10 Tips to Motivate Your Team

Ann M. Butera

Your team’s talent, delivery, and style create a unique advantage for you and your organization. Your team members are the face of your organization to constituents and customers. The perennial challenge is how to develop this talent and keep everyone motivated. Assuming everyone is adequately (or competitively) compensated for what they do, following are 10 ways to develop bench strength and motivate your team:

  1. Where practical, accommodate flexible and non-traditional work schedules and remote working arrangements. Recent events have shown that the ability to accommodate employees’ lives makes for happier customers, increased employee loyalty, and lower turnover.
  2. Be sure to answer team members’ “why” questions before they even ask them. Ask the other party if what you said makes sense; adjust where necessary. Think about the information you would need to know if you were in the questioner’s shoes. If you are a staff member, try to anticipate information your manager needs to provide to his or her boss and incorporate these facts.
  3. Use technology to stay in communication on each project and gain visibility to everyone’s work load. If working remotely, leverage technology as a replacement for an office or desk walk-by, an opportunity for impromptu conversations that inspire new ideas or approaches. Let team members know of your availability (adjusting weekly or daily as needed).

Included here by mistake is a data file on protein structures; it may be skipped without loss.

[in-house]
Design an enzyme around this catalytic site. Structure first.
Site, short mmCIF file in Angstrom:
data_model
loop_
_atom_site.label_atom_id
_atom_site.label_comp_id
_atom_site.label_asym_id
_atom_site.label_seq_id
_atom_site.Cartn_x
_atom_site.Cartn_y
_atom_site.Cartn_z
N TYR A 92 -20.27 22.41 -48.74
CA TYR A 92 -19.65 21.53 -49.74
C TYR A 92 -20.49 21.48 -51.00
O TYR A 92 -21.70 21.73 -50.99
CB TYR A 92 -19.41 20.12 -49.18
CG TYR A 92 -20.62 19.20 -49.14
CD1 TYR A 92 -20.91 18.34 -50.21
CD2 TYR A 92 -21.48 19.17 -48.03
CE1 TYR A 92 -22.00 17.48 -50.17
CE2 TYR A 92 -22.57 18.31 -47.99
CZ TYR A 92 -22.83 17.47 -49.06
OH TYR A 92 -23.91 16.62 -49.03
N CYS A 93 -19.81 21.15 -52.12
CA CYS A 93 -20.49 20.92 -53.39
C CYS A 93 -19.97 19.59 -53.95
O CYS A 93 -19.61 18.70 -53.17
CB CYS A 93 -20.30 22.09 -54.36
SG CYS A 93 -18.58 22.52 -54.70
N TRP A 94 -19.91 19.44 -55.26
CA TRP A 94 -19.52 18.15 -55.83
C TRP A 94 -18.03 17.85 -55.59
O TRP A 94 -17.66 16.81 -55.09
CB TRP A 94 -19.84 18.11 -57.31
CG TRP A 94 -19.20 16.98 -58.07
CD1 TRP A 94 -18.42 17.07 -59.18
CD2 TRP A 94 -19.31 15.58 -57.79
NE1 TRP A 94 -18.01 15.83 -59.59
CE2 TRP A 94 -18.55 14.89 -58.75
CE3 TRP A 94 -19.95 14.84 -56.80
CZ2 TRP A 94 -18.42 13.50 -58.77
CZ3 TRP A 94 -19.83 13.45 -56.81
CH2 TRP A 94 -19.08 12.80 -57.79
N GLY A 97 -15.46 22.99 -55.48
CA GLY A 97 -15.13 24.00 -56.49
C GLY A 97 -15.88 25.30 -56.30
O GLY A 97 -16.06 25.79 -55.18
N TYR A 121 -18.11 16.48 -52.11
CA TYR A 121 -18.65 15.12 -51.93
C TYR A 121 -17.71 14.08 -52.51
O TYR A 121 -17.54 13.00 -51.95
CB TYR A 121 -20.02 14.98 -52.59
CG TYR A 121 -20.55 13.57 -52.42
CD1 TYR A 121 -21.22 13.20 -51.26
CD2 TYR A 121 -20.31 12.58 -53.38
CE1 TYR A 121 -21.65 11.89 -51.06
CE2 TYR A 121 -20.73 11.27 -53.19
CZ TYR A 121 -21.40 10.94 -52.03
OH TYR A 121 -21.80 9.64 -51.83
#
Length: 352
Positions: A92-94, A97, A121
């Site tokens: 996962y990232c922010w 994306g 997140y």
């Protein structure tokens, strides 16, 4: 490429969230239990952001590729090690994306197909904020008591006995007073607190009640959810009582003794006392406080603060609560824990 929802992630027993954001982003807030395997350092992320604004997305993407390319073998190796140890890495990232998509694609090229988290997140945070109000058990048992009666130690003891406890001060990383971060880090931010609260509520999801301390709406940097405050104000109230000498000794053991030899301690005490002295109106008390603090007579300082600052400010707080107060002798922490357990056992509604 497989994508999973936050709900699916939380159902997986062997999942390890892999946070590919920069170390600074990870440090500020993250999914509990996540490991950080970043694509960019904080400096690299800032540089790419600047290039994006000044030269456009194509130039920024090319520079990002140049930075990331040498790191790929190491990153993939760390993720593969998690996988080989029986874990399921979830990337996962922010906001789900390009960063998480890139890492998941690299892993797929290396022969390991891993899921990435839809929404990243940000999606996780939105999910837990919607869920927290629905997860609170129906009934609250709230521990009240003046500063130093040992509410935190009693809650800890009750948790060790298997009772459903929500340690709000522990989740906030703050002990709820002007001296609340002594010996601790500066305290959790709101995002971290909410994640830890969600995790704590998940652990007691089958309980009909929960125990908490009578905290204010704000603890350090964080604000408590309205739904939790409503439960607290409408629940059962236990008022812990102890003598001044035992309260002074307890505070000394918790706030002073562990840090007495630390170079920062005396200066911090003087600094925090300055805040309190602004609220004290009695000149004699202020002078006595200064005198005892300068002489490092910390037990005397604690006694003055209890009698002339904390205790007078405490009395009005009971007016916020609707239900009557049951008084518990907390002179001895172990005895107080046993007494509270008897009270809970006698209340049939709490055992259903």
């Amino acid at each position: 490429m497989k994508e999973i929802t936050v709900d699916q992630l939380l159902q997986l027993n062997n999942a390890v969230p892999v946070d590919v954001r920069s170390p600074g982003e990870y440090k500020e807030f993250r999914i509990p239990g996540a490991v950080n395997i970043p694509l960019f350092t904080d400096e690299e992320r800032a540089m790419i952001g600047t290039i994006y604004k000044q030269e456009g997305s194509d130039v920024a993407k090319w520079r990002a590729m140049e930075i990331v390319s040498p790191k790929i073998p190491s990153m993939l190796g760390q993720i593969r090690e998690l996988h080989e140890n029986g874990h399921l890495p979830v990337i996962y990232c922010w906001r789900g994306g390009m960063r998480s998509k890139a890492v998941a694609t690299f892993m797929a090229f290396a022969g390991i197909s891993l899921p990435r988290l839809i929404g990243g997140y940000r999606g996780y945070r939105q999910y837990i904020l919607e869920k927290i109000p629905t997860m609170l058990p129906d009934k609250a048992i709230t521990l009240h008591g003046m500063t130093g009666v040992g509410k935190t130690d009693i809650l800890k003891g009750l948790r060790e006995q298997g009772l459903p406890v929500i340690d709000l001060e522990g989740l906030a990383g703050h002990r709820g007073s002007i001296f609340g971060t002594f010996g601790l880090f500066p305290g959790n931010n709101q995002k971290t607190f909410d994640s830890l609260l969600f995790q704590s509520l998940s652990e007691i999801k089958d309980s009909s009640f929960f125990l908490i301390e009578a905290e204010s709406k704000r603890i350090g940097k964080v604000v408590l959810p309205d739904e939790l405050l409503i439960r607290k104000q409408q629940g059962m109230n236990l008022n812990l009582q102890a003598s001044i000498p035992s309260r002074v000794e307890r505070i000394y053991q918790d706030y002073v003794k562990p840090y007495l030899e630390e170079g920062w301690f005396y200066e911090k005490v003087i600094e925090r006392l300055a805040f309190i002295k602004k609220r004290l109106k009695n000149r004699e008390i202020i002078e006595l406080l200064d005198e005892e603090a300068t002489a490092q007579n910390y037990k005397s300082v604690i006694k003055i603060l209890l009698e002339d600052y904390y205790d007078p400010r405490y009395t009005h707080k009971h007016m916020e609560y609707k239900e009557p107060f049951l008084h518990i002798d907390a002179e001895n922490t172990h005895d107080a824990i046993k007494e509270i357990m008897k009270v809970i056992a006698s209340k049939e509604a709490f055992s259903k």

4. Where you can, give authority. It will pay off in loyalty and make your team members better decision-makers and future managers in the end.
  5. If you are a department leader, provide the right individual coaching and training to each of your team members. Create a mentoring program for the most promising and talented people as a means of bolstering your institution’s succession plan. Make career counseling available to employees.
  6. Invest in your team members, so that they will in turn invest in their role and the organization. Develop people management competency as soon as an individual has to manage the work efforts of others. Department leaders should help the newly promoted manager acquire an appreciation and a desire to delegate, build bench-strength, and get work accomplished through others.
  7. Communicate to each team member specifically how their role adds value to the overall goals of the department and the organization. Ascribing to the adage of “what gets measured gets done”, make sure that the performance appraisal system aligns with the whole organization’s behavior and its core values. Additionally, make sure that the “game” rules (i.e., desired performance results) are clearly explained.
  8. Develop a reputation for reaching agreements without bloodshed while sticking up for and supporting your team members.
  9. Create lateral career paths for those who have valuable technical expertise and knowledge but do not want to become a team leader or department head. Many people enjoy project management but do not want the responsibility of managing the work efforts of others.
  10. Before you develop and implement an initiative to motivate, ask the other party what he or she wants. Otherwise, you risk spending time and money on initiatives that do not appeal to her or him.

An effective leader fosters an open environment where employees of all generations feel free to learn from each other while individually contributing to the organization’s results. Need some help? Contact us at [email protected] to set up a call. In the meantime, download the handout for reference.